At no time in the past five years have Electronic Arts (NASDAQ:EA) shareholders experienced such a prolonged correction. With EA stock down more than 30% over the past three months — against the Nasdaq’s 5% loss — it’s been challenging for investors to figure out where the bottom is.
InvestorPlace feature writer James Brumley knows what I’m talking about.
On September 4, he recommended that investors buy EA stock on the dip. By the end of September his prognostication was looking very prescient — and then the bottom fell out a second time.
“It’s not easy or comfortable stepping into any stock that appears to be in a freefall. And, unless an investor is committed to such a trade for the long haul, it may not be the right move,” Brumley wrote in early September. “In that Electronic Arts is one of the key leaders of a fast-growing industry though, and has proven it can broadly grow the top and bottom lines with a minimal degree of bumpiness, this pullback from EA stock is a buying opportunity despite the swell of pessimism.”
In fairness to him, James did preface his call by recommending that only those in for the long haul should make a move into EA stock.
In the 30-plus trading days since my colleague’s article appeared, EA stock has lost another seven bucks or 6.3%, suggesting now is the time investors should buy on the dip.
At the risk of repeating myself, let’s be clear: Electronic Arts hasn’t faced a prolonged correction like this latest one since 2008, a time that was bad for every type of stock.
EA plays in an industry that is experiencing tremendous growth — the global games market is expected to hit $180 billion by 2021 — a situation that every CEO would love to have.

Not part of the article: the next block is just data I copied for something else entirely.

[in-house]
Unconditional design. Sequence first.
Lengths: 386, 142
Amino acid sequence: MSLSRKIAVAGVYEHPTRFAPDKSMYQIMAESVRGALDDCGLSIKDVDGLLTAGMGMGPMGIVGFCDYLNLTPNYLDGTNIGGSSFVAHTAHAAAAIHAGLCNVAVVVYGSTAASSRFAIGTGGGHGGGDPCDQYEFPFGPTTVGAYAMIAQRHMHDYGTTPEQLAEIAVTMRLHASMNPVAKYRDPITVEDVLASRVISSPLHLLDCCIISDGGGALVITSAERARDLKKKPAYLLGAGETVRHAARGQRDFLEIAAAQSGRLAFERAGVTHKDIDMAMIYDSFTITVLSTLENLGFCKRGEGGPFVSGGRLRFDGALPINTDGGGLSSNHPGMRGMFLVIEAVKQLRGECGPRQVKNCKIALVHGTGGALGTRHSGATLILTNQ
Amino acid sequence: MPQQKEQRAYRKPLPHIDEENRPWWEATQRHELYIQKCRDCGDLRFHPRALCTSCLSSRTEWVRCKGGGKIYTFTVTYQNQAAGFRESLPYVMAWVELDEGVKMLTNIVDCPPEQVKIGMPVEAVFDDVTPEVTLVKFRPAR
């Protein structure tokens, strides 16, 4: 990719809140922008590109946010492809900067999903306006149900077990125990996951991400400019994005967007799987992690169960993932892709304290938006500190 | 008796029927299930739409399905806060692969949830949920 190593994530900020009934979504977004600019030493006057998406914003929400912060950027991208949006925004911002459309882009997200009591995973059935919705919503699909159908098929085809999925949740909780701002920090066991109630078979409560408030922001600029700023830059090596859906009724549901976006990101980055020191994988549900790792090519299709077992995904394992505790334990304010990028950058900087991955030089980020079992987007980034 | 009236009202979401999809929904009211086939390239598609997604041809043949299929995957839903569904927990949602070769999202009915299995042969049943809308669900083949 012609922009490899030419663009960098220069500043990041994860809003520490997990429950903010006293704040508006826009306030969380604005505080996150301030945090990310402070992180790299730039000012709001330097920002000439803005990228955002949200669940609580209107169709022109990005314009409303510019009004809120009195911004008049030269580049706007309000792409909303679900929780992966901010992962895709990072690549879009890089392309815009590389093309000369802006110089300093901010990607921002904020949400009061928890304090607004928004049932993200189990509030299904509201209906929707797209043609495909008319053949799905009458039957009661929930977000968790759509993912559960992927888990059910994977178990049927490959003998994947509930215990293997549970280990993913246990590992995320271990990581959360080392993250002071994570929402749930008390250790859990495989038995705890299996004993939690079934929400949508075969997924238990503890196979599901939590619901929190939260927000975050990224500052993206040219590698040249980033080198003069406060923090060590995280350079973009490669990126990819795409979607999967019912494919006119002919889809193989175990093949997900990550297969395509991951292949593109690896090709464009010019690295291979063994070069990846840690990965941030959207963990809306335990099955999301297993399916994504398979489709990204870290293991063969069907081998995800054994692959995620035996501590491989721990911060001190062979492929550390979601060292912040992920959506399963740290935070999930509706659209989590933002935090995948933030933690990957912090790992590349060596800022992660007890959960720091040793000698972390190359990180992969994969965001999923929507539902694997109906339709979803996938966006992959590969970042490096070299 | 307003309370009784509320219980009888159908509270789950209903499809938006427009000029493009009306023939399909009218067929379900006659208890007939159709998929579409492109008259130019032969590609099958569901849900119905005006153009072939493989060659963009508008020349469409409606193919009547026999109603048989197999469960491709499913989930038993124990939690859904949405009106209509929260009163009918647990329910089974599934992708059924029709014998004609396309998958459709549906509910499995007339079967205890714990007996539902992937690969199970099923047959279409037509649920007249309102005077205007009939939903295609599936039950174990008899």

Brumley did mention last month that investors weren’t happy about Electronic Arts’ Q1 2018 report which saw both revenues and earnings fall year-over-year accompanied by an underwhelming bookings outlook for the third quarter.
I get the disappointment, which wasn’t helped by the one-month delay of Battlefield V’s release, but a closer look at its Q2 results suggests, in my opinion, that investors overreacted.
The Straight Goods
As someone who doesn’t spend all day studying the ups and downs of video game companies, here’s my objective analysis of EA’s latest quarter.
Let’s start with the positives.
EA expects its net bookings to be $5.55 billion in fiscal 2019, 7.7% higher than it posted for the trailing 12 months ended June 30. So, they’re going in the right direction. Furthermore, its digital net bookings for those same trailing 12 months, were up 13% year over year to $3.55 billion or 69% of total net bookings.
That’s not a huge increase, but it’s positive, and that’s all that really matters.
Another plus, the company repurchased 2.3 million shares of EA stock during the second quarter at an average price of $130.43 a share. The midpoint between its high and low during April, May, and June, was $131.00. Anytime you can buy back your stock for less than the midpoint — by my calculations — a company is doing an adequate job repurchasing its shares.
Finally, EA expects its operating cash flow in fiscal 2019 to be $1.83 billion, 7.9% higher than a year earlier. Again, it’s not double-digit growth, but it is the highest in the company’s history.
Electronic Arts is growing its top and bottom line at a nice clip over a 12-month period, has $4.0 billion in net cash on its balance sheet, and margins that could choke a horse.
Bottom Line on EA Stock
It’s possible that EA stock hasn’t bottomed and will visit the $90s before the end of the year.
If that happens, it won’t be because of anything the company’s done, but because investors are losing their cool. That, you can’t control.
However, should there be a need for Buy on the Dip, Part III, I will be the one writing the article.
Electronic Arts is a buy at $105, and it’s a screaming buy at $95 and below.
As of this writing Will Ashworth did not hold a position in any of the aforementioned securities.